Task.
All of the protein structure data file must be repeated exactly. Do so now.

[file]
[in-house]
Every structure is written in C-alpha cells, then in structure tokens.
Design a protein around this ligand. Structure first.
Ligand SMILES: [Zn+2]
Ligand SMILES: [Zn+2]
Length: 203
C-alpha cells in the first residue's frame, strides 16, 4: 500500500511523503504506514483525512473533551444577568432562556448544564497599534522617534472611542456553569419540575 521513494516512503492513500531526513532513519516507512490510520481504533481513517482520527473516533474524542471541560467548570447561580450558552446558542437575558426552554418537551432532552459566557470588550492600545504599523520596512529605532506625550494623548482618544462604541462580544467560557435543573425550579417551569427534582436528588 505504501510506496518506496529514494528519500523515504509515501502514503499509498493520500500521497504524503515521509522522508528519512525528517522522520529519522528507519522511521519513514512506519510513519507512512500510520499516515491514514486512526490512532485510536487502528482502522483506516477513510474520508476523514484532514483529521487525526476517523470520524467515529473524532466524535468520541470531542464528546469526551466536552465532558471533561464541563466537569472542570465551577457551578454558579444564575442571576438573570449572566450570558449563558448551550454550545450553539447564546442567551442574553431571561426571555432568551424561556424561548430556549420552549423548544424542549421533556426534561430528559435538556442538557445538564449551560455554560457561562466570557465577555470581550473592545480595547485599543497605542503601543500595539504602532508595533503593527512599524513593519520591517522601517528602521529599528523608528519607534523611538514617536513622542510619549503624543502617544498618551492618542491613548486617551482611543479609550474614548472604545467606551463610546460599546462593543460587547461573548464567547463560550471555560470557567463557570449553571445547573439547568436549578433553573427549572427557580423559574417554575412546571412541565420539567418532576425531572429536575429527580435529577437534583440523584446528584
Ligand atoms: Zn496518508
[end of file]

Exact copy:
[in-house]
Every structure is written in C-alpha cells, then in structure tokens.
Design a protein around this ligand. Structure first.
Ligand SMILES: [Zn+2]
Ligand SMILES: [Zn+2]
Length: 203
C-alpha cells in the first residue's frame, strides 16, 4: 500500500511523503504506514483525512473533551444577568432562556448544564497599534522617534472611542456553569419540575 521513494516512503492513500531526513532513519516507512490510520481504533481513517482520527473516533474524542471541560467548570447561580450558552446558542437575558426552554418537551432532552459566557470588550492600545504599523520596512529605532506625550494623548482618544462604541462580544467560557435543573425550579417551569427534582436528588 505504501510506496518506496529514494528519500523515504509515501502514503499509498493520500500521497504524503515521509522522508528519512525528517522522520529519522528507519522511521519513514512506519510513519507512512500510520499516515491514514486512526490512532485510536487502528482502522483506516477513510474520508476523514484532514483529521487525526476517523470520524467515529473524532466524535468520541470531542464528546469526551466536552465532558471533561464541563466537569472542570465551577457551578454558579444564575442571576438573570449572566450570558449563558448551550454550545450553539447564546442567551442574553431571561426571555432568551424561556424561548430556549420552549423548544424542549421533556426534561430528559435538556442538557445538564449551560455554560457561562466570557465577555470581550473592545480595547485599543497605542503601543500595539504602532508595533503593527512599524513593519520591517522601517528602521529599528523608528519607534523611538514617536513622542510619549503624543502617544498618551492618542491613548486617551482611543479609550474614548472604545467606551463610546460599546462593543460587547461573548464567547463560550471555560470557567463557570449553571445547573439547568436549578433553573427549572427557580423559574417554575412546571412541565420539567418532576425531572429536575429527580435529577437534583440523584446528584
Ligand atoms: Zn496518508